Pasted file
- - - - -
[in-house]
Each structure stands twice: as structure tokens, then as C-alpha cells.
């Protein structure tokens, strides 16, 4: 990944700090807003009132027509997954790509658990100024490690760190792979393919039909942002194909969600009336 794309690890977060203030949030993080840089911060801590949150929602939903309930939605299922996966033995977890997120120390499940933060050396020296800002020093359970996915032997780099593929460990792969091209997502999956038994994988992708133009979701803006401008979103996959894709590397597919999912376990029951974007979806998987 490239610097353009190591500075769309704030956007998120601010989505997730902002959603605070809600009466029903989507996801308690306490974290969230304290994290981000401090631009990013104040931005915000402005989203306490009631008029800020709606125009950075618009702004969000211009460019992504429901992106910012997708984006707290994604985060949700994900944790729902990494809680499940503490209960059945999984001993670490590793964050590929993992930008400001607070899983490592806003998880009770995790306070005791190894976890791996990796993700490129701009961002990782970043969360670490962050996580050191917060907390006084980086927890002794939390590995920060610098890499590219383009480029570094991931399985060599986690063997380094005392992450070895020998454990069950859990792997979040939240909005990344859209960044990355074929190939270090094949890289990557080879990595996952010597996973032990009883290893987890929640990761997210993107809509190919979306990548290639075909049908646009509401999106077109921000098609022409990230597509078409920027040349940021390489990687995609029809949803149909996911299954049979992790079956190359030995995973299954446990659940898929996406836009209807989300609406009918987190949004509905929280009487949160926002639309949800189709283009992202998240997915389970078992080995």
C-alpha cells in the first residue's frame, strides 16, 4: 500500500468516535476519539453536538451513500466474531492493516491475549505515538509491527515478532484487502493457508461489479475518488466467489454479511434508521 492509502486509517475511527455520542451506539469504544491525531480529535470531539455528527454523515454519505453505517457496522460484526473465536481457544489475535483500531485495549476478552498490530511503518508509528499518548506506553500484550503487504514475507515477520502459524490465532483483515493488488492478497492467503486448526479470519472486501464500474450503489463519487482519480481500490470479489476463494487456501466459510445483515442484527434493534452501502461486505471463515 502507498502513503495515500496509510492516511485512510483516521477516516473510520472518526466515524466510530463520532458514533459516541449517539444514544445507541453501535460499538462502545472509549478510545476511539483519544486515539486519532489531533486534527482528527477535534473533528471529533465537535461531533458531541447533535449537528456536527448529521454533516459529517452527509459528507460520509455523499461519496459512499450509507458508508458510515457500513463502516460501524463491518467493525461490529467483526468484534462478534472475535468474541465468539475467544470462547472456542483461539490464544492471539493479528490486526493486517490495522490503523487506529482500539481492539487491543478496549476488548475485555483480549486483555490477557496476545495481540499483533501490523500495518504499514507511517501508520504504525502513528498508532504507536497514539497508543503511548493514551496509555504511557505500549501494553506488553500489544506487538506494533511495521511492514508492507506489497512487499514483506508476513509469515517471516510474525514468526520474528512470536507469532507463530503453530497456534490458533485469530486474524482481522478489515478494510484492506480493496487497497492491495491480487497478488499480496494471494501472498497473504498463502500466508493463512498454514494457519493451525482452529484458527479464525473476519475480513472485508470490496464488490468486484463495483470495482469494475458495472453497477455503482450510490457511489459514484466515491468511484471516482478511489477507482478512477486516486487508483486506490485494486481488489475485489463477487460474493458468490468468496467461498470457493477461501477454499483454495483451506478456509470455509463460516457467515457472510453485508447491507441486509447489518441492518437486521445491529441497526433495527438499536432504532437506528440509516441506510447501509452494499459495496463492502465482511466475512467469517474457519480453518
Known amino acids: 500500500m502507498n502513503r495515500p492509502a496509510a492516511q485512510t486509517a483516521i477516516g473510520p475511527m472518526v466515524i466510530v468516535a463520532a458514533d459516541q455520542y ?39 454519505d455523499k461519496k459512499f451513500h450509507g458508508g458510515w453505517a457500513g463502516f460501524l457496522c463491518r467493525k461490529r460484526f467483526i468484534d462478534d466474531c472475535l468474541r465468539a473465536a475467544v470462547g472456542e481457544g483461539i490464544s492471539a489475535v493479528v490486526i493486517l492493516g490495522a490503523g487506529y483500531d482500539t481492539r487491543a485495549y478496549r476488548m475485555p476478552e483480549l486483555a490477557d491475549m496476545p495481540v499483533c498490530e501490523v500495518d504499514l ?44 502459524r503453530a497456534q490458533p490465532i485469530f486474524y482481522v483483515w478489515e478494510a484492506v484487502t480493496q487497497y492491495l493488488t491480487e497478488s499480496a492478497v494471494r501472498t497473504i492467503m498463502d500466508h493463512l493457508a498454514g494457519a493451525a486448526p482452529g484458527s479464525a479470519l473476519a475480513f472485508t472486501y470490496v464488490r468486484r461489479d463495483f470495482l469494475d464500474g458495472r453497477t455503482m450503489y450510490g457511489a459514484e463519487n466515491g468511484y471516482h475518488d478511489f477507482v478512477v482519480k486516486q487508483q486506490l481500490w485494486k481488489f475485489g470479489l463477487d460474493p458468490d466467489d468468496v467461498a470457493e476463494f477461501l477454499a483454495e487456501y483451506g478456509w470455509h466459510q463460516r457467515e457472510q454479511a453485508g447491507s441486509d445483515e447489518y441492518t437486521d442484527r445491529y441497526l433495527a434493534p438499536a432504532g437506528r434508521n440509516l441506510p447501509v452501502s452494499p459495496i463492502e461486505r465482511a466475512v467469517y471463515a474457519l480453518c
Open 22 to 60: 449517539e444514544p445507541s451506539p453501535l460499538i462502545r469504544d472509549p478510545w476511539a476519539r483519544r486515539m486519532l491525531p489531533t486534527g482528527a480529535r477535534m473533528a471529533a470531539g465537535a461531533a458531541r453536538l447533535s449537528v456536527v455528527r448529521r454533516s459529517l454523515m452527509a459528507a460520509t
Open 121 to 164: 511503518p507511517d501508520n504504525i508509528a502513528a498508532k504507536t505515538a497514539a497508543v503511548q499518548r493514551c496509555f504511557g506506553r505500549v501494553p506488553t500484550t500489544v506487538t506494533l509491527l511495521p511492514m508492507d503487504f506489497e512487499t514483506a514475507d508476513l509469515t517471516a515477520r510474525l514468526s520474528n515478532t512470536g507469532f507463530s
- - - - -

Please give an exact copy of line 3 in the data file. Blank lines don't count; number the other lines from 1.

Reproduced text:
């Protein structure tokens, strides 16, 4: 990944700090807003009132027509997954790509658990100024490690760190792979393919039909942002194909969600009336 794309690890977060203030949030993080840089911060801590949150929602939903309930939605299922996966033995977890997120120390499940933060050396020296800002020093359970996915032997780099593929460990792969091209997502999956038994994988992708133009979701803006401008979103996959894709590397597919999912376990029951974007979806998987 490239610097353009190591500075769309704030956007998120601010989505997730902002959603605070809600009466029903989507996801308690306490974290969230304290994290981000401090631009990013104040931005915000402005989203306490009631008029800020709606125009950075618009702004969000211009460019992504429901992106910012997708984006707290994604985060949700994900944790729902990494809680499940503490209960059945999984001993670490590793964050590929993992930008400001607070899983490592806003998880009770995790306070005791190894976890791996990796993700490129701009961002990782970043969360670490962050996580050191917060907390006084980086927890002794939390590995920060610098890499590219383009480029570094991931399985060599986690063997380094005392992450070895020998454990069950859990792997979040939240909005990344859209960044990355074929190939270090094949890289990557080879990595996952010597996973032990009883290893987890929640990761997210993107809509190919979306990548290639075909049908646009509401999106077109921000098609022409990230597509078409920027040349940021390489990687995609029809949803149909996911299954049979992790079956190359030995995973299954446990659940898929996406836009209807989300609406009918987190949004509905929280009487949160926002639309949800189709283009992202998240997915389970078992080995």